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Long IslandTowns

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Bosworth to preside over first meeting

North Hempstead Supervisor-elect Judi Bosworth will preside over her first town board meeting Thursday during a special work session at which the body is slated to vote on her new hires.

Last month, Bosworth, a Democrat, announced her picks for several positions that will be confirmed at the 2 p.m. meeting.

Nassau County Legis. Robert Troiano, a Democrat from Westbury who was re-elected to represent the 2nd District, will be director of operations for the town. Elizabeth Dvorkin Botwin, who most recently served as deputy commissioner for administration and planning for New York City, will be town attorney, while Bosworth's legislative assistant, Cindy Cardinal, will be chief of staff.

Aline Khatchadourian will be director of finance. She most recently served as director of finance for the minority caucus in the Nassau County Legislature.NASSAU COUNTY

Hurricane fund gets $25G donation

United Way of Long Island has contributed $25,000 to the Nassau Hurricane Recovery Fund Inc. to assist victims of superstorm Sandy.

Nassau County Executive Edward Mangano and Father Kevin Smith, chair of the Nassau Hurricane Recovery Fund, received the check last month from Theresa A. Regnante, president and CEO of United Way of Long Island, based in Deer Park.

The Nassau Hurricane Recovery Committee was created on Nov. 21, 2012, by executive order of Mangano. The fund, a not-for-profit corporate entity, accepts and distributes money donated by the public to address the losses and damage suffered.

More than 35,725 Nassau residents were displaced and requested housing assistance from FEMA and more than 34,602 cars were damaged or destroyed in the October 2012 storm, according to the fund's Web page. The fund received more than 1,100 applications from homeowners for grants.

To respond to the disaster, United Way established the United Way Hurricane Sandy Recovery Fund to address the near and long-term recovery needs of communities that FEMA declared disaster areas. The fund does not provide direct assistance to individuals.

For more information, call Nassau Hurricane Recovery Fund at 516-573-7810.


Starbucks customer treats strangers

For about an hour yesterday morning, customers of the drive-through lane at the Starbucks in Nesconset were treated to free purchases thanks to the generosity of an anonymous regular.

At about 8:30 a.m., a male customer bought a $90 gift card at the main register and asked that the money be used for purchases at the drive-through, said Lisa, a shift supervisor at the store who sold the man the gift card.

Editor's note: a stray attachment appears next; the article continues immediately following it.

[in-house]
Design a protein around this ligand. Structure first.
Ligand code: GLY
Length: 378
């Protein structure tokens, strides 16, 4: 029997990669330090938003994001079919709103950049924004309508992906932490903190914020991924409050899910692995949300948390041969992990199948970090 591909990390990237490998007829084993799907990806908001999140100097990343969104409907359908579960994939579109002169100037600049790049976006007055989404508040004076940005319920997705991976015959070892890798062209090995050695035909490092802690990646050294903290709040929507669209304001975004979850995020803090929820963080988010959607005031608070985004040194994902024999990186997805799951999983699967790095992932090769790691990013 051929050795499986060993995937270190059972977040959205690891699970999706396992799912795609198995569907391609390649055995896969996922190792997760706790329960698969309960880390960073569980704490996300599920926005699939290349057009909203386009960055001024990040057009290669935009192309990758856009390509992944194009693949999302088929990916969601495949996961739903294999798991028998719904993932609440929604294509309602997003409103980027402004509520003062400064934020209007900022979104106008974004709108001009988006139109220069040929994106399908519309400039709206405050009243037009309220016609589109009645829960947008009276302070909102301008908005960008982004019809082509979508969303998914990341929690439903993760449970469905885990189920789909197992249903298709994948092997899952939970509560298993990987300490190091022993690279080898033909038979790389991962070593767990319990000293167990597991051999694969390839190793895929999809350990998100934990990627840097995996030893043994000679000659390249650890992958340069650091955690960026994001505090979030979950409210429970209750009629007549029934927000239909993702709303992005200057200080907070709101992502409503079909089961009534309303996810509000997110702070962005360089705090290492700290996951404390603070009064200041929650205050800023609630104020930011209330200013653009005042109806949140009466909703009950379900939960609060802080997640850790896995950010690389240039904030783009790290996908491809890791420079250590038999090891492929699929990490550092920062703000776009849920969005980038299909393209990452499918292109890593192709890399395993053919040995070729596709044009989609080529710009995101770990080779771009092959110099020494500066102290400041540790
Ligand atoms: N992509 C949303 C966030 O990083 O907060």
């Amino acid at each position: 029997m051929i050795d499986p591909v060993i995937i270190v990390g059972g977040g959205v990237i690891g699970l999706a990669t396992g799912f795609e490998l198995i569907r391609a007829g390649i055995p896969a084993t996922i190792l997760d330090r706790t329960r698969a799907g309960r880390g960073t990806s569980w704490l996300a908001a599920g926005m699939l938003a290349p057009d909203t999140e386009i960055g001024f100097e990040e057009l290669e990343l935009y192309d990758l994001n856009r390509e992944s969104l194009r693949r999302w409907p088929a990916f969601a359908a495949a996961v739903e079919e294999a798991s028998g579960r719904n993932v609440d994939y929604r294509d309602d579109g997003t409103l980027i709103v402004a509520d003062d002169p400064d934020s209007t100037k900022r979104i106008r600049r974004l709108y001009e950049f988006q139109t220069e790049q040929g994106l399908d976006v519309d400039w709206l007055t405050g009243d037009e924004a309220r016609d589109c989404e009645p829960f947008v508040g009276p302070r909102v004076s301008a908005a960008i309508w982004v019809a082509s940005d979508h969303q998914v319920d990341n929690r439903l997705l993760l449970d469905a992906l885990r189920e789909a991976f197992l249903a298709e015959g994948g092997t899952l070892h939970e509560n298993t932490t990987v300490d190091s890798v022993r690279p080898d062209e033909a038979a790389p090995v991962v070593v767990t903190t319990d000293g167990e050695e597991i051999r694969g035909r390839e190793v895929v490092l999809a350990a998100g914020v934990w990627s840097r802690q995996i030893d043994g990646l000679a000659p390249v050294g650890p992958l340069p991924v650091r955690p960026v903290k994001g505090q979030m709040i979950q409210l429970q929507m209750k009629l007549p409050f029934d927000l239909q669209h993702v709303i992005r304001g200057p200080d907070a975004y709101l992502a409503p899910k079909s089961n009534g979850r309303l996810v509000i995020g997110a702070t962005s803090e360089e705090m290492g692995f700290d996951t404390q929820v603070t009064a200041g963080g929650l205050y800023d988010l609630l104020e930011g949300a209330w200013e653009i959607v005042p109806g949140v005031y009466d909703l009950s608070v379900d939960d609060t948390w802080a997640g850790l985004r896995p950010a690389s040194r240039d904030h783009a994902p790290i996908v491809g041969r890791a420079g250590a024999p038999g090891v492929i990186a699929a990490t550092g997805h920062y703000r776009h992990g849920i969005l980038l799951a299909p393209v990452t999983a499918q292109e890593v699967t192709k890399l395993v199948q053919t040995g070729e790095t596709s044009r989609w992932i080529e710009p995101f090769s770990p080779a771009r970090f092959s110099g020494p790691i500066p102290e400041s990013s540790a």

Lisa, who did not give her last name, said the man is a regular at the store, at 465 Smithtown Blvd., but wanted to remain anonymous. "He just wanted to pay it forward," she said.

She said some drive-through customers were taken aback by the donor's generosity, and some even decided to keep the spirit going by adding money to the gift card.

"Others kept filling it up," Lisa said. "It lasted about an hour."

All told, 30 to 40 purchases were made thanks to the card, she said.


Firefighters recorded while saving house

John Senia studies fire science at Nassau Community College in hopes of someday joining the New York City Fire Department.

But the 19-year-old says the practical experience he's getting as a Farmingdale Fire Department volunteer is invaluable. Now, two videos showing him fighting a fire Saturday morning -- which he caught on a camera attached to his helmet -- tell the story of his training as well as anything can.

The videos, shot with a Fire Cam device on the left side of Senia's helmet, show him and Farmingdale Fire Department Capt. Ryan Tortoso, 30, entering the basement dwelling of a home on Vernon Street in Farmingdale. Tortoso said the fire apparently started when a power surge caused a coffee maker to ignite.

Senia, who has been with the department as a member of its Junior Brigade since he was 15, entered carrying the hose. Tortoso joined him, carrying a thermal imaging camera to direct Senia where to shoot the hose in the thick smoke.

The videos, which total 22 minutes and 28 seconds, begin with Senia picking up his helmet when the call was made at 8:37 a.m., and ends with him exiting the basement.

Tortoso has been a FDNY firefighter for six years, and said Farmingdale department members looked at the video -- synced to recordings of their audio transmissions -- on Monday night for training purposes. He said while there's always new things that can be learned, "For the most part everything went very smoothly."

The department's work prevented the fire from engulfing the entire house.

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